Potential One-time Gene Therapy for Parkinson’s Linked to GBA Mutations to Enter Clinical Trial

Potential One-time Gene Therapy for Parkinson’s Linked to GBA Mutations to Enter Clinical Trial
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Parkinson's gene therapy trial

A potential gene therapy for Parkinson’s disease associated with mutations in the GBA1 gene, PR001, will move into clinical testing in patients after the U.S. Food and Drug Administration (FDA) accepted an application for the therapy, Prevail Therapeutics announced.

FDA acceptance of the company’s Investigational New Drug (IND) application allows Prevail to initiate a Phase 1/2 clinical trial assessing PR001’s safety and tolerability in Parkinson’s patients with disease-causing GBA1 mutations. Prevail expects to open the trial and begin dosing this year.

People with mutations in the GBA1 gene have a higher risk — possibly as high as five-fold — of developing Parkinson’s disease. Even though the exact relationship between both conditions is not clear, it is estimated that 7%–10% of all Parkinson’s cases are related to GBA1 mutations.

The GBA1 gene holds the instructions to produce the enzyme beta-glucocerebrosidase (GCase) that is active in lysosomesspecial compartments within cells that digest and recycle different types of molecules. If beta-glucocerebrosidase does not work as intended, toxic substances accumulate inside cells, particularly as people age, leading to excessive inflammation and —probably — the neurodegeneration seen in Parkinson’s disease.

PR001 is intended to be a disease-modifying and single-dose gene therapy for patients with mutations in this gene. It uses a modified and harmless version of an adeno-associated virus (AAV9) to deliver a fully working copy of the GBA1 gene to nerve cells. This should allow for long-lasting expression of functional beta-glucocerebrosidase, easing disease symptoms caused by the mutated gene.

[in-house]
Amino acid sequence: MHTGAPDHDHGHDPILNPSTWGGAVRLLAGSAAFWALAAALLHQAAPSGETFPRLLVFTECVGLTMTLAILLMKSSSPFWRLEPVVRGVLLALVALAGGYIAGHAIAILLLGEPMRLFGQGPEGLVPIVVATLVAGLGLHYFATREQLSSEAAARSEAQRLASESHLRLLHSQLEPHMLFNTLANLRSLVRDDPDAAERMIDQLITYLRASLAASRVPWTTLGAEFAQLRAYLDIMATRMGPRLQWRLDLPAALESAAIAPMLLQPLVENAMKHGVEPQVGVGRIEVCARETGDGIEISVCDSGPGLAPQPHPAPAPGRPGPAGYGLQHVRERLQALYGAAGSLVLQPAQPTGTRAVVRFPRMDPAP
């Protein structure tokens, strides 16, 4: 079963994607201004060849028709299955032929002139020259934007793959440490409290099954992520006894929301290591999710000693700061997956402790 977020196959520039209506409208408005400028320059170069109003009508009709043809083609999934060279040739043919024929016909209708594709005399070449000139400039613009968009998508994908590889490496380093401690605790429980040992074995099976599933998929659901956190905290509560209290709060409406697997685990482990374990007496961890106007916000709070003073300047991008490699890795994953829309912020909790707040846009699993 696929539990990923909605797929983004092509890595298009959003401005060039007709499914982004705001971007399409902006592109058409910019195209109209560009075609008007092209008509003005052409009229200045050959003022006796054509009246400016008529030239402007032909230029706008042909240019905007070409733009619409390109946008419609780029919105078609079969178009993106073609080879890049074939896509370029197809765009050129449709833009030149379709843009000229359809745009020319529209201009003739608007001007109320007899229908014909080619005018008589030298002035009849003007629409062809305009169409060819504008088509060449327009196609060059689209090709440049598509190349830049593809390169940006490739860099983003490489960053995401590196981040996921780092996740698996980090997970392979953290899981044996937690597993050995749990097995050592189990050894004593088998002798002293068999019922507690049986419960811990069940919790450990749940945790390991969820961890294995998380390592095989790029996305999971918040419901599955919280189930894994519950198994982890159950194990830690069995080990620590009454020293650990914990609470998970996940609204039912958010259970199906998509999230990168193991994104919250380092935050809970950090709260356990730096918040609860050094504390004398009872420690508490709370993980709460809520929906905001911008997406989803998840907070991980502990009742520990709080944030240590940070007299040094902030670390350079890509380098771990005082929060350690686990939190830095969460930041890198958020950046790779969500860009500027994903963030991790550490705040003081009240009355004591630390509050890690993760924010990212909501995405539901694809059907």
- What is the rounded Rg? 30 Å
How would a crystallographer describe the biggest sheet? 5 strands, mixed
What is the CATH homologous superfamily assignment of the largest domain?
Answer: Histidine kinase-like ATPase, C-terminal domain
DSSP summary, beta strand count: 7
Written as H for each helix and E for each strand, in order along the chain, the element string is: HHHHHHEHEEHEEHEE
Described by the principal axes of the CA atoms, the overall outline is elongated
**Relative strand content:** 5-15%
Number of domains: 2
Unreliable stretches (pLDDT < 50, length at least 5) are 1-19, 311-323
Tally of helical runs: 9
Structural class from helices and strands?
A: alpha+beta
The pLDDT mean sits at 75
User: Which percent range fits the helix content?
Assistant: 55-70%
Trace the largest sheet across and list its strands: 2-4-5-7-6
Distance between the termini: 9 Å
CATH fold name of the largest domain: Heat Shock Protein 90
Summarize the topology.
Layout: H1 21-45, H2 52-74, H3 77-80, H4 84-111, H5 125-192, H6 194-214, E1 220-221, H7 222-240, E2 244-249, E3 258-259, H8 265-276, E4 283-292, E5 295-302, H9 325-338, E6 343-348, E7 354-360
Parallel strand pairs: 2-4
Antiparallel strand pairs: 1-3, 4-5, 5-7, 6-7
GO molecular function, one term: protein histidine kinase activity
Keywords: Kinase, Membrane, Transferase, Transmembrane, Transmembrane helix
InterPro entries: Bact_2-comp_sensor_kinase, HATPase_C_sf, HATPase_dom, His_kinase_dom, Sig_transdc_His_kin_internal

AAV-9 has been widely used in various gene therapies both approved and in clinical testing, including Zolgensma, a recently approved gene therapy to treat spinal muscular atrophy. The viral construct appears to be safe and can effectively cross the blood-brain barrier, a semipermeable membrane that separates blood from cerebrospinal fluid and protects the brain from viruses and other “invaders” entering via the bloodstream.  

“We are pleased that the FDA has accepted the IND for our first program, which we believe has the potential to transform the lives of patients with Parkinson’s disease with a GBA1 mutation,” Asa Abeliovich, MD, PhD, founder and CEO of Prevail, said in a press release.

“At Prevail, our goal is to halt the progression of serious neurodegenerative diseases by applying precision medicine to the development of gene therapies. Our active IND brings us a step closer to achieving that goal, and we look forward to entering this new phase as a clinical-stage company,” he added.

Prevail, based in New York City, was founded in 2017 through a collaboration between Abeliovich,  OrbiMed and The Silverstein Foundation for Parkinson’s with GBA.

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